Creating part of a lesson using images.

I am thinking about how to use images or films in history. I thought I could use the top image from this [featured article](http://www.normandale.edu/foundation/creating-futures-magazine/creating-futures-summer-2013/the-premanand-legacy) on donors to Normandale. The female in the picture was a long-time mathematics professor at my school and has contributed significant money to Normandale. The professor pictured has three degrees, including a MA and PhD in physics.

First, I’d like to consider students what we actually know about the figures in the picture. Then, we can ask what students think they know (if this pattern looks familiar it’s because I’m stealing it from Mills Kelly, the instructor of the course for which I’m writing this post). Next, I’d like the students to look at the most popular picture of the the founding of the school that shows middle-aged white men in suits using trowels to finish putting in a cornerstone. Both pictures show individuals who made significant contributions to Normandale. I will ask my students to consider how we might use these pictures to interrogate our understanding of the past? For example, the men in suits are using trowels, tools which are typically used by tradespeople. In the picture of the professor and her husband, they are formally arranged and looking away from the camera. Can we find other photos of the era to compare this photo with?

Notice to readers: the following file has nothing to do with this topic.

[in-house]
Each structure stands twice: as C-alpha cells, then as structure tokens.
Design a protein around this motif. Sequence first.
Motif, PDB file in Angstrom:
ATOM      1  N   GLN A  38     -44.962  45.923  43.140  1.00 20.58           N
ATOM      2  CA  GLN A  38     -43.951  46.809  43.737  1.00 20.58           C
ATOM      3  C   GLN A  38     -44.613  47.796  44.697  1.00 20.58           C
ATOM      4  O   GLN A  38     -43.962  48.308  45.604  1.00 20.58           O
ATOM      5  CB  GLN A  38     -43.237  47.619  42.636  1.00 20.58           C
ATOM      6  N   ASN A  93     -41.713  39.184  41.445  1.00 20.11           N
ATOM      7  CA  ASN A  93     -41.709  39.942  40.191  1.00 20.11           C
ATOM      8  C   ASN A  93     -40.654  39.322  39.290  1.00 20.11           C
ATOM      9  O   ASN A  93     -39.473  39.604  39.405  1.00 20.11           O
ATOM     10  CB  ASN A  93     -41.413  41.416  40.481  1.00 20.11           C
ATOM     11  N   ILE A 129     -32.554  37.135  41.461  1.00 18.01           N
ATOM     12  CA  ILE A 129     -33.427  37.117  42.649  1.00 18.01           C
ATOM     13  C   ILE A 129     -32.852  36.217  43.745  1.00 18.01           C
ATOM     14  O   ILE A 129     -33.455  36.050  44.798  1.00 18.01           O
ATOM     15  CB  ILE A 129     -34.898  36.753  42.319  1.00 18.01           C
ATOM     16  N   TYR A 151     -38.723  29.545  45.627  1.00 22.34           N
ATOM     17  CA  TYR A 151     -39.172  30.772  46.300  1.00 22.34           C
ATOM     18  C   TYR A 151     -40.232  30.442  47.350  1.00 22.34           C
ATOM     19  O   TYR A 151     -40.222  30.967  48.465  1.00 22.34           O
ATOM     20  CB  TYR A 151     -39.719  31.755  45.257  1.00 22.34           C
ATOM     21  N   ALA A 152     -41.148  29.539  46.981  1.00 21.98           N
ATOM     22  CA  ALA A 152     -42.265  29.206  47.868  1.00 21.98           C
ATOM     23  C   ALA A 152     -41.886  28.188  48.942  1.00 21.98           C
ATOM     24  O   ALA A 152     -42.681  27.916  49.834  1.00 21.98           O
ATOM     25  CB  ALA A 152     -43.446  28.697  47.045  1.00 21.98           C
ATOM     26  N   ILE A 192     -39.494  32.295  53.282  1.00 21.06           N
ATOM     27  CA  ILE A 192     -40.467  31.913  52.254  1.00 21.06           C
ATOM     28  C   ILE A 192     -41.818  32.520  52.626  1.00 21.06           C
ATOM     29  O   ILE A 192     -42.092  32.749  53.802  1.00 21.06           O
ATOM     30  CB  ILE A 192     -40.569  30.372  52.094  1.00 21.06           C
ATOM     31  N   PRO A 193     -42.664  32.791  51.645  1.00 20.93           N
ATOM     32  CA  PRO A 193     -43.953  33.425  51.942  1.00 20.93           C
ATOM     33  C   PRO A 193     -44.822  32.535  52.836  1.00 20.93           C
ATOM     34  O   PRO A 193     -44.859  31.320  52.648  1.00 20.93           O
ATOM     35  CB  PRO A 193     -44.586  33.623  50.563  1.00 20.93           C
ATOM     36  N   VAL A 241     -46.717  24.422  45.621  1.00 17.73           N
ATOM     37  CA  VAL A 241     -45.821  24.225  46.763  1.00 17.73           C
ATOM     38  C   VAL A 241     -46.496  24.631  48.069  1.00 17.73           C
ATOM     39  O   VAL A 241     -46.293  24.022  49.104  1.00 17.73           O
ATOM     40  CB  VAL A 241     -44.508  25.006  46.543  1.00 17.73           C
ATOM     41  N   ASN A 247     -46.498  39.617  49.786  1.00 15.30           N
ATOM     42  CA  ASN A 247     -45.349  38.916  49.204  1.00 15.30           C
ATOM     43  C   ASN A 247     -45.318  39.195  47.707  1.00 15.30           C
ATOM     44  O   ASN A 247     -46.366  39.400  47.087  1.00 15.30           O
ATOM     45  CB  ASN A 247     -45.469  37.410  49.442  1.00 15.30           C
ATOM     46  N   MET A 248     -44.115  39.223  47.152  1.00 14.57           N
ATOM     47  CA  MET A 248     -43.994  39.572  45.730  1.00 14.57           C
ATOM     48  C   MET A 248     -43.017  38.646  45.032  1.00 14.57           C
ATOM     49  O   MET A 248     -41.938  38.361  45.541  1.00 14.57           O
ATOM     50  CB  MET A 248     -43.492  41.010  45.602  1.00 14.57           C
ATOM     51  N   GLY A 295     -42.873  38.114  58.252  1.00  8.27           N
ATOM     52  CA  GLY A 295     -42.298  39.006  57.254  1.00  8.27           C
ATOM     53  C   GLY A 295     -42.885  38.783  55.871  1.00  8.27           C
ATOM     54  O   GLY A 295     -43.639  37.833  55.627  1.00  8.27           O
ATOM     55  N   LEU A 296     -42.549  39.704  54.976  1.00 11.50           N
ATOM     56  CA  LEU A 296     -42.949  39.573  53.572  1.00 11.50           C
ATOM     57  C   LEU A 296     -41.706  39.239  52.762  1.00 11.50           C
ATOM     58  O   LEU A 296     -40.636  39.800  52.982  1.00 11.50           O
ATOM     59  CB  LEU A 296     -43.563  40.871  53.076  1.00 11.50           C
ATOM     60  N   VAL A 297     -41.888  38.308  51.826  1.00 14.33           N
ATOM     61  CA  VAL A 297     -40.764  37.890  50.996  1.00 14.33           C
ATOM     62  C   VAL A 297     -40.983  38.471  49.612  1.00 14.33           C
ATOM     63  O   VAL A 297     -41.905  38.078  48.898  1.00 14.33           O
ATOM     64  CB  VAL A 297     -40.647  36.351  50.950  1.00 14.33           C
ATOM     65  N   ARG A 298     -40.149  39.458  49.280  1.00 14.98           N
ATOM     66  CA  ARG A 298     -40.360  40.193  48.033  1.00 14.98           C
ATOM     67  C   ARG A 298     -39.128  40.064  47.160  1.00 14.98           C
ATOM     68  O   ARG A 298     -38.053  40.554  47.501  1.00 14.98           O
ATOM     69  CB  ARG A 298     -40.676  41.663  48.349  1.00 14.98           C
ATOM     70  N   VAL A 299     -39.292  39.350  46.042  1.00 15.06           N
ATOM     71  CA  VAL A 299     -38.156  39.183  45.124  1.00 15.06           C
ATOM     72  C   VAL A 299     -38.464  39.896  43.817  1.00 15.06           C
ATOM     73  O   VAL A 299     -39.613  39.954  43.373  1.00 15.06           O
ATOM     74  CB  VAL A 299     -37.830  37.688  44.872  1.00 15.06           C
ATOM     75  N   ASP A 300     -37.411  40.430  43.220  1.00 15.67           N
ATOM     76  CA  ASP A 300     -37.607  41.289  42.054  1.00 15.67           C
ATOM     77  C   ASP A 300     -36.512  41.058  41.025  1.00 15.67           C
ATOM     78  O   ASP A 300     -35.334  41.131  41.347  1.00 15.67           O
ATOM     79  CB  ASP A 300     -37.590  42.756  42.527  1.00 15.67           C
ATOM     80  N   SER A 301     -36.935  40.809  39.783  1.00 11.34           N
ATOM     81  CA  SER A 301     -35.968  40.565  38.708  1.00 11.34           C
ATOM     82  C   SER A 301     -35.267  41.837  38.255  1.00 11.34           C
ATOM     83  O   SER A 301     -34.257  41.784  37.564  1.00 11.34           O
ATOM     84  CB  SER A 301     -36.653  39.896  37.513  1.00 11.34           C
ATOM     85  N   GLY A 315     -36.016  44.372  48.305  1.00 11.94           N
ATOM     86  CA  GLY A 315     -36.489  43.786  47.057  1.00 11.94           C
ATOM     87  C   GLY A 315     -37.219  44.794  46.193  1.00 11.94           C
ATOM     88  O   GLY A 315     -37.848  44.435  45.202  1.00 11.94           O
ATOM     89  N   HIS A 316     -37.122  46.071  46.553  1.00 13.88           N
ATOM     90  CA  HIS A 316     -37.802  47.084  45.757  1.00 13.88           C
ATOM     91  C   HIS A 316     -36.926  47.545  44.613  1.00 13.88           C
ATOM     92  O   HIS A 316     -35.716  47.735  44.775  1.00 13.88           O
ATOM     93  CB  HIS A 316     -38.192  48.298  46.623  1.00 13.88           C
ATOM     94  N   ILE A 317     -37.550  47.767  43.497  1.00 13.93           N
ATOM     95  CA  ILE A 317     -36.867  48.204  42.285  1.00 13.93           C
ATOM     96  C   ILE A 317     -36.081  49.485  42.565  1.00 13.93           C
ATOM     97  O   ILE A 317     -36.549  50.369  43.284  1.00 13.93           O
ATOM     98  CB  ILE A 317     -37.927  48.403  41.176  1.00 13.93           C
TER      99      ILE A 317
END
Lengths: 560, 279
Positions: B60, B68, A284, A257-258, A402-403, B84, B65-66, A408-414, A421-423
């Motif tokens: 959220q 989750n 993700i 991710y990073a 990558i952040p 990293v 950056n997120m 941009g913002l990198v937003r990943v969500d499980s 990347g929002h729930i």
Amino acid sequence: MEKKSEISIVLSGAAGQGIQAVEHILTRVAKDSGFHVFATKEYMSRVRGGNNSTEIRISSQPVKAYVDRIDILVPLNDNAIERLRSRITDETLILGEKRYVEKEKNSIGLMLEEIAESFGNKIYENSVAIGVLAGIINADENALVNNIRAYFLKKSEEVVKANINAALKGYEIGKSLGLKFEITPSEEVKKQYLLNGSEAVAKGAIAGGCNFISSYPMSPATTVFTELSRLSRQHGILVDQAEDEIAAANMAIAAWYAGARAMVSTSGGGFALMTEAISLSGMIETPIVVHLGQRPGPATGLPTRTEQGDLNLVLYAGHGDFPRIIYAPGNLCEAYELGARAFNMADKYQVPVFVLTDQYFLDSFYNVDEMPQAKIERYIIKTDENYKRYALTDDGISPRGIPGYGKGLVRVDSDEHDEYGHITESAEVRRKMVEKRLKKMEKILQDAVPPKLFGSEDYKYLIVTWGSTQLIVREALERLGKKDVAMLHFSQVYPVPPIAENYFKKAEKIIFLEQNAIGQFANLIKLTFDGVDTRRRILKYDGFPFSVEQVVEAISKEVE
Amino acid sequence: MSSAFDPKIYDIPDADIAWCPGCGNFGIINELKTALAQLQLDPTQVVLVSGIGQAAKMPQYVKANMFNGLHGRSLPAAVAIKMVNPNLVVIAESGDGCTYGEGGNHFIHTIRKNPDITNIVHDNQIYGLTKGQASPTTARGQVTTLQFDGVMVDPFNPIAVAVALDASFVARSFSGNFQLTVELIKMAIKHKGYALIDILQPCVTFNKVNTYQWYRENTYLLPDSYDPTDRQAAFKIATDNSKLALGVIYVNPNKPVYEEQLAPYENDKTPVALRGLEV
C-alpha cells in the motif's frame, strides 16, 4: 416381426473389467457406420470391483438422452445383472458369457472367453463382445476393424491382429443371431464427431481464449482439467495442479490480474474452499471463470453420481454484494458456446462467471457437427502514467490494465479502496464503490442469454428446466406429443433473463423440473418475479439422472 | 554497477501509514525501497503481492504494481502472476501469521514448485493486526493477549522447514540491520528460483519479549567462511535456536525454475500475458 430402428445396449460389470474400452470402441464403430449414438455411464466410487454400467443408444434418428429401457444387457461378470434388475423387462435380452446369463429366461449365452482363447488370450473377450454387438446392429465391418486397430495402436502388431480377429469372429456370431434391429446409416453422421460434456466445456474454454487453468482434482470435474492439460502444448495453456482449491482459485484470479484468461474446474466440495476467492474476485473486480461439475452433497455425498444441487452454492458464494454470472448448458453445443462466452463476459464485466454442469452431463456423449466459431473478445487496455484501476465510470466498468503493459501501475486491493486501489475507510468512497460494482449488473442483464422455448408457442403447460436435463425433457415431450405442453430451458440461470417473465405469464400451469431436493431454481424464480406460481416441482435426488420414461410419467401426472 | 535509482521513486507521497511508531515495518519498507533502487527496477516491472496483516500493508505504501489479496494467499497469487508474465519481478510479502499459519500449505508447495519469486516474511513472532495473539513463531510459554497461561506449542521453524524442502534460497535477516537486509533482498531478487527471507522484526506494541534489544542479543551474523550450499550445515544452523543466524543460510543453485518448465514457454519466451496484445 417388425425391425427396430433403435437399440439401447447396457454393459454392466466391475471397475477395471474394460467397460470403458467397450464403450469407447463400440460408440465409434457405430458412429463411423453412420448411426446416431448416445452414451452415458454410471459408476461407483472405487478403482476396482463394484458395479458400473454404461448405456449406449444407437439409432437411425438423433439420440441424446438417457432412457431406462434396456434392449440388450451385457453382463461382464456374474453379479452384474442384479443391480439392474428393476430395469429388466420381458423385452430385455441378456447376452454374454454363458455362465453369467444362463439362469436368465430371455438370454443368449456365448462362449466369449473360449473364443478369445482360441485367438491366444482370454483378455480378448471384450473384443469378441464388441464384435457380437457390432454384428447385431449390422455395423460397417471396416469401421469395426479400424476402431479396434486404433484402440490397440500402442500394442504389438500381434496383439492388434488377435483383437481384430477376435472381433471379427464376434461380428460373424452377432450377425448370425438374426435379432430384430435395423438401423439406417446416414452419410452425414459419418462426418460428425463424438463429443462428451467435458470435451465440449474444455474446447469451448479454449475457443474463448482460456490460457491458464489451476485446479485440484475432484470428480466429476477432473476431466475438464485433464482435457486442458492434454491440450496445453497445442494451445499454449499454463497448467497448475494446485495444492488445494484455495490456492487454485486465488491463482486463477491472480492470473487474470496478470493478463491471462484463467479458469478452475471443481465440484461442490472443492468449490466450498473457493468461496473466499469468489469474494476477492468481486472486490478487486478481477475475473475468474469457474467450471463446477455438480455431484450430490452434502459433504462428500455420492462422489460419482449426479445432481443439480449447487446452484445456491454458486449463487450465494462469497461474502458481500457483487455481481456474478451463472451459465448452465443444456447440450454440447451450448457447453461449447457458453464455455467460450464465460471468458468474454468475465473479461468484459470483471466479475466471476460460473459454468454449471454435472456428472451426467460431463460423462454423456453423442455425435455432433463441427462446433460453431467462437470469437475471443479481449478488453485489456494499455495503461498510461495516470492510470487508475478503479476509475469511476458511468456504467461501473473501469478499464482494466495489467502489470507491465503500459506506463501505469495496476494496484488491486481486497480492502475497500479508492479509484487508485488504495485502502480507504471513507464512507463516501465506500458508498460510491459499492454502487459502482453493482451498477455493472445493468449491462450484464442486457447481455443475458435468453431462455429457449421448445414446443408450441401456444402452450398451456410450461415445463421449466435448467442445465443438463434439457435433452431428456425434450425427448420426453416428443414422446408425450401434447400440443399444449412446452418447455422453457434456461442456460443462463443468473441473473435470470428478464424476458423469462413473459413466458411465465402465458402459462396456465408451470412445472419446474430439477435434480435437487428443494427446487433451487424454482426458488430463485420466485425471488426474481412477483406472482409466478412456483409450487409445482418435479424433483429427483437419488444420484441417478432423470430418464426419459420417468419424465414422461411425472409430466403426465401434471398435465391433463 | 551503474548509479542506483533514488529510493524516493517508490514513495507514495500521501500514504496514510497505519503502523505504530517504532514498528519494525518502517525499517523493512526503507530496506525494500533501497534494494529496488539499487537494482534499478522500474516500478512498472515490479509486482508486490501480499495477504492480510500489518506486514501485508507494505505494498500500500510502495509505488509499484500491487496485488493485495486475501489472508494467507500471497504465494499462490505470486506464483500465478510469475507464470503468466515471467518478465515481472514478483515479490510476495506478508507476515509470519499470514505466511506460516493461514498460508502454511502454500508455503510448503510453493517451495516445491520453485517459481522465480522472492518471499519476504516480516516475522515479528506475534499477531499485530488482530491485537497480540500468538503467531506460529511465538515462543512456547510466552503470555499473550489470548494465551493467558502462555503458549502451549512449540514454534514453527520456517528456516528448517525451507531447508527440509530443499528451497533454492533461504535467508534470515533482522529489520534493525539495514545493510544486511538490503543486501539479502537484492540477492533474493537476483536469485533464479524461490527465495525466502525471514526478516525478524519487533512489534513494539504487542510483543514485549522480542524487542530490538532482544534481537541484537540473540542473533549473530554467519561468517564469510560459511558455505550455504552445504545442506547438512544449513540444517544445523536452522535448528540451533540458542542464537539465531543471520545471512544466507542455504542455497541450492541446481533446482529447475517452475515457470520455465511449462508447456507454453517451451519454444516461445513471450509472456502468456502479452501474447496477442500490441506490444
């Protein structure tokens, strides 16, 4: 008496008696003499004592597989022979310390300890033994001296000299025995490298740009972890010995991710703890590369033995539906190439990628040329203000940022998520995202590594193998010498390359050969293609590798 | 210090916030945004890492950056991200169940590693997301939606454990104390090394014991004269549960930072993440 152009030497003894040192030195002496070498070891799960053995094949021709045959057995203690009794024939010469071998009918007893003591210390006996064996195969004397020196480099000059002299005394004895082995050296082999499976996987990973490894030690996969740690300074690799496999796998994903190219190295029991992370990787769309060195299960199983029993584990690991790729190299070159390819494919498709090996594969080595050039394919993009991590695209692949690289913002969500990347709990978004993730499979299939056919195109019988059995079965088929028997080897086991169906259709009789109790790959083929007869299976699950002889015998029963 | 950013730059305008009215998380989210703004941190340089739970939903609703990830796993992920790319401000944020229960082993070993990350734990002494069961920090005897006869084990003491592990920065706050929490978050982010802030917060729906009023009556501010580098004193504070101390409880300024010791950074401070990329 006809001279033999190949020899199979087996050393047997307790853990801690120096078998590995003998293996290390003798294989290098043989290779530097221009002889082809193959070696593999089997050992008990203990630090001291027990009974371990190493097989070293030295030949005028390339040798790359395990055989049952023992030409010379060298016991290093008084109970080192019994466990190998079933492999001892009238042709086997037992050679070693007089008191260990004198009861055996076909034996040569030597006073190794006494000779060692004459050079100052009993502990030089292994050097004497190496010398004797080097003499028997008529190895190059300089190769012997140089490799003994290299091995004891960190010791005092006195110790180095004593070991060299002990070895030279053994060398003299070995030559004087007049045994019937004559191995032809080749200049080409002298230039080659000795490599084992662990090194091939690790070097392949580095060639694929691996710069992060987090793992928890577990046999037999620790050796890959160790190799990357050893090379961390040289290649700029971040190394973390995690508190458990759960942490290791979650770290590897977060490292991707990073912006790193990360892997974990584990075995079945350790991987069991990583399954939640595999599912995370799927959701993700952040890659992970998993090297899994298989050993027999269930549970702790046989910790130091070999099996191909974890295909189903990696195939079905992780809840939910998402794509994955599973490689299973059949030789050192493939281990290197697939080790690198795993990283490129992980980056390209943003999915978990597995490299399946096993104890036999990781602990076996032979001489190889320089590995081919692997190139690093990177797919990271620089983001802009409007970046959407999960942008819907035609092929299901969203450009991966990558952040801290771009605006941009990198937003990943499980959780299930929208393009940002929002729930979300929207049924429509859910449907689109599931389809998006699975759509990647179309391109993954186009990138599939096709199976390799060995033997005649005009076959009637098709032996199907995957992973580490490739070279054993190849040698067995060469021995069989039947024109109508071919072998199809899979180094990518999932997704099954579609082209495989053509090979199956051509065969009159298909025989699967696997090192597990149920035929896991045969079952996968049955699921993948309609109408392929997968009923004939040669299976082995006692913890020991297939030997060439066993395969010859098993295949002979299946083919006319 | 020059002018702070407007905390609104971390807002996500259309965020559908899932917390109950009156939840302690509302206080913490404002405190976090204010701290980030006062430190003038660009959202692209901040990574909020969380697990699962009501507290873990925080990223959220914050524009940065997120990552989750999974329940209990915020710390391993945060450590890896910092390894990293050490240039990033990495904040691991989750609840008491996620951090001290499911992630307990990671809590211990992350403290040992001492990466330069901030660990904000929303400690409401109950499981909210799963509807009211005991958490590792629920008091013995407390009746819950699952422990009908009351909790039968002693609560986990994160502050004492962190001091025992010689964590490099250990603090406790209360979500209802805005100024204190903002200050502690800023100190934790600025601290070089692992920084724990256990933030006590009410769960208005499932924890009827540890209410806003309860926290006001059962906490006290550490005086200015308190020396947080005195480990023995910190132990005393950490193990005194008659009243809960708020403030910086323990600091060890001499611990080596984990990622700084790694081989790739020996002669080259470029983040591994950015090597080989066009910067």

I suspect my students will struggle, as I do, to draw conclusions based just on the pictures, so my challenge is to provide them sufficient background information to guide their inquiries while allowing them to draw their own conclusions.

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